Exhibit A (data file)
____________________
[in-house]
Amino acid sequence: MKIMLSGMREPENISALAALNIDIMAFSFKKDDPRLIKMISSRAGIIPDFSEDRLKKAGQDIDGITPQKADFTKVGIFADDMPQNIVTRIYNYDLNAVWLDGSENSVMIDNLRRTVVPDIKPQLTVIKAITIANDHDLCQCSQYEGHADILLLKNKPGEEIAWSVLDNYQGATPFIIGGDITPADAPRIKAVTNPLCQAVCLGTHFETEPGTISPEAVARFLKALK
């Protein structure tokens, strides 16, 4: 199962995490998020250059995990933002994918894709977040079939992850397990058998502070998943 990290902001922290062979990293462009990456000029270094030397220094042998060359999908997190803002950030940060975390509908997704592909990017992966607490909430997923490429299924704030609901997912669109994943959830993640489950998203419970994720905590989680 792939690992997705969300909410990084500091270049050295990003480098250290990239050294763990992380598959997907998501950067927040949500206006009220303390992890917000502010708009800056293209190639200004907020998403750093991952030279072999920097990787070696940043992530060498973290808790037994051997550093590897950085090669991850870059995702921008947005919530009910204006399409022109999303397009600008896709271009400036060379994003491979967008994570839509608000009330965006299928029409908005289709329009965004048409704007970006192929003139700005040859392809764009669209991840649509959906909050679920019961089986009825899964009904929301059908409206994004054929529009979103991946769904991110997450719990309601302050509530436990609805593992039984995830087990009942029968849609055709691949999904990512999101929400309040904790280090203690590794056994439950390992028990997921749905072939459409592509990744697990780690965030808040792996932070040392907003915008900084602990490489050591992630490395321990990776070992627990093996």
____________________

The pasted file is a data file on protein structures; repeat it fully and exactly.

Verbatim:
[in-house]
Amino acid sequence: MKIMLSGMREPENISALAALNIDIMAFSFKKDDPRLIKMISSRAGIIPDFSEDRLKKAGQDIDGITPQKADFTKVGIFADDMPQNIVTRIYNYDLNAVWLDGSENSVMIDNLRRTVVPDIKPQLTVIKAITIANDHDLCQCSQYEGHADILLLKNKPGEEIAWSVLDNYQGATPFIIGGDITPADAPRIKAVTNPLCQAVCLGTHFETEPGTISPEAVARFLKALK
């Protein structure tokens, strides 16, 4: 199962995490998020250059995990933002994918894709977040079939992850397990058998502070998943 990290902001922290062979990293462009990456000029270094030397220094042998060359999908997190803002950030940060975390509908997704592909990017992966607490909430997923490429299924704030609901997912669109994943959830993640489950998203419970994720905590989680 792939690992997705969300909410990084500091270049050295990003480098250290990239050294763990992380598959997907998501950067927040949500206006009220303390992890917000502010708009800056293209190639200004907020998403750093991952030279072999920097990787070696940043992530060498973290808790037994051997550093590897950085090669991850870059995702921008947005919530009910204006399409022109999303397009600008896709271009400036060379994003491979967008994570839509608000009330965006299928029409908005289709329009965004048409704007970006192929003139700005040859392809764009669209991840649509959906909050679920019961089986009825899964009904929301059908409206994004054929529009979103991946769904991110997450719990309601302050509530436990609805593992039984995830087990009942029968849609055709691949999904990512999101929400309040904790280090203690590794056994439950390992028990997921749905072939459409592509990744697990780690965030808040792996932070040392907003915008900084602990490489050591992630490395321990990776070992627990093996």